Life is Complicated When Your Child has an Invisible Illness

Jacqueline Royael essays

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“Oh look at this little cutie! Mom, we are going to give him a little something to calm him down before the anesthesia. Ok?” a sweet familiar nurse in teddy bear scrubs explained.

“While of course that’s great that you noticed how cute my child is, but please knock him out cold.” I said to myself shaking my weary head and smiled.  

We arrived at the hospital that morning before the sun was up. Parker, our sweet baby boy, slept soundly for the hour long drive unaware how today would change his life forever. After months of being sick, failing to thrive or better known as a ‘giant slap in the face to any parent whose job it is make their child thrive.’ His first Easter was celebrated in the hospital with the flu (after the flu shot!) and we were anxious for answers to the questions that lingered deep in the nervous parental part of our minds. The part that says, “We just knew something was wrong.”

We walked down the long dark hallways, as hospital staff passed quickly by trudging into their windowless and sterile units. My son bounced in his dad’s arms, smiling at each passerby. I found solace in my son’s smile and I think the nurses did as well.

“Once we are ready mom, you can carry him back if you want. Just put on these scrubs before you go back to the operating room.”

The operating room? I thought this was a simple endoscopy! Why am I signing something about breathing tubes and why are all of these nurses calling me mom?

Parker’s soft wispy brown hair fell into his eyes, as he examined his hospital gown. He played contently with his Dad, laughing as he pretended to try it on this tiny baby robe. I shuffled to sign papers and answered questions that should have been easy but in this moment, I felt as if someone was speaking to me in Chinese.

“His birth date is April 4, 2012 and he is allergic to everything, but mostly eggs.”

All of 13 months old and he could captivate any room. The nurses were playing peek-a-boo, the ladies at the desk were throwing stickers at him and even the doctor gave an approving wink as he batted his long eyelashes and smiled.

He was oblivious to the pain. This made me feel okay, as I carried his light and sleepy body back to a room of faceless medical staff. I was reassured by the kindness in their eyes and the soft words of a nurse who whispered to me “It’s okay mom. We will take care of him.” I had never met these eyes, but I believed her. Perhaps because in this moment of fear, as my son laid on a hospital bed with tubes on his face and in his arms, I had no choice but to hold onto this belief.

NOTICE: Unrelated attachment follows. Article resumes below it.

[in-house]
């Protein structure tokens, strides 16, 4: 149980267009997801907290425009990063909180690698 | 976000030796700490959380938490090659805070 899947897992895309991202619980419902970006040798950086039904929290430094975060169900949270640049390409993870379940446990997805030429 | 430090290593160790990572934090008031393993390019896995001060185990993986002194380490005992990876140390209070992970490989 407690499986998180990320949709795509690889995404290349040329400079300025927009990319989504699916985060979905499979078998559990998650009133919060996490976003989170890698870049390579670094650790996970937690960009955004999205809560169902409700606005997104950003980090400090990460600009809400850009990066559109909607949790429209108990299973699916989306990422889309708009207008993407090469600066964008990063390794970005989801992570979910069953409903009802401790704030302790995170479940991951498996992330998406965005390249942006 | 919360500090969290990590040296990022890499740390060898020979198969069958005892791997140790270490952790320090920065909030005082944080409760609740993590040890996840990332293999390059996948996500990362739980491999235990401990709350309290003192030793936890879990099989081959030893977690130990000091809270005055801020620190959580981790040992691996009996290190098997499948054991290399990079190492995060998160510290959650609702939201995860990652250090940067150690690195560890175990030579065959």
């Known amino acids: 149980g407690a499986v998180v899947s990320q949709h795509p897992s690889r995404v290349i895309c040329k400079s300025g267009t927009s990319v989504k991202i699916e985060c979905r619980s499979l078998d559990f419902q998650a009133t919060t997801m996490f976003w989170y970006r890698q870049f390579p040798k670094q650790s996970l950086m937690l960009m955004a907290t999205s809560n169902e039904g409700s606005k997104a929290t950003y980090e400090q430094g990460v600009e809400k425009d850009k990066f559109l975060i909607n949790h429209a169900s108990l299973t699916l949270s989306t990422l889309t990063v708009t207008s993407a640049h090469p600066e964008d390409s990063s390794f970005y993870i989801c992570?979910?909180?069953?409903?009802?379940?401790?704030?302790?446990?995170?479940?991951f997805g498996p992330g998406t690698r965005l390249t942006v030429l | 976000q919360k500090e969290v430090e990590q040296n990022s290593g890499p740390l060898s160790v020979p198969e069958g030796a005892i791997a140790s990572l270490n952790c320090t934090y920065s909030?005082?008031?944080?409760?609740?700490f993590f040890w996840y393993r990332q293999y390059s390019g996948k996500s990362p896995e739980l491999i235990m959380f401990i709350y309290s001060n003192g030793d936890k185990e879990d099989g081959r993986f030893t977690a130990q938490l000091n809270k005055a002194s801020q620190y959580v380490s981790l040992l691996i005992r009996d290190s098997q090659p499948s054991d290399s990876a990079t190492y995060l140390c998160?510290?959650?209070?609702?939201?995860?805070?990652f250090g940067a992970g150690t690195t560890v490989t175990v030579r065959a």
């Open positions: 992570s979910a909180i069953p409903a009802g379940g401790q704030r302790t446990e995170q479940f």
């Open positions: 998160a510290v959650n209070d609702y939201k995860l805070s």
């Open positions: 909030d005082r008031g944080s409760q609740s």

Life is complicated when your child is sick.

“Wait, what does he have?” We are often asked this question as we unpack his Parker friendly lunch at a birthday party or clean up his vomit from the dinner table.

I always get stuck with this simple question. Why is my son so complicated? The words seem to get stuck on the tip of my tongue, which is ironic because they take up so much space in my mind. I often ask myself, why is it I need to detail his medical complications when the little person he is so proudly toddles before the world to admire? Why not let his invisible illness stay invisible? Finding my voice will teach him to one day find his. So, I attempt to answer the question we are so often asked.

Life is complicated when your child is sick, but where to begin.

Do I begin with the scary pregnancy that led to so much monitoring that I was on a first name basis with everyone in my doctor’s office? Or is it better to begin with food allergies? Yes, this is a topic people will get. It is simple enough to understand my kid could stop breathing if he eats eggs or has his next MMR vaccine or is prescribed certain medications. Oh wait, we just got complicated.

Do I begin with the moment that I feel our life-changed forever? Moments after I gave my son to that sweet nurse who promised she would care for him. Or the time a kind doctor calmly entered a waiting room to tell us that Parker had a chronic illness, Eosinophilic Esophagitis. An illness many knew nothing about and there was no cure, yet it had wrecked havoc on his insides. As I wrestled with the realness of his diagnosis, I was still coping with carrying my baby to an operating room, with a breathing tube. I tried my best to find that mom who never let life get too complicated. Would it be weird if I began to dance in this somber poorly lit waiting room?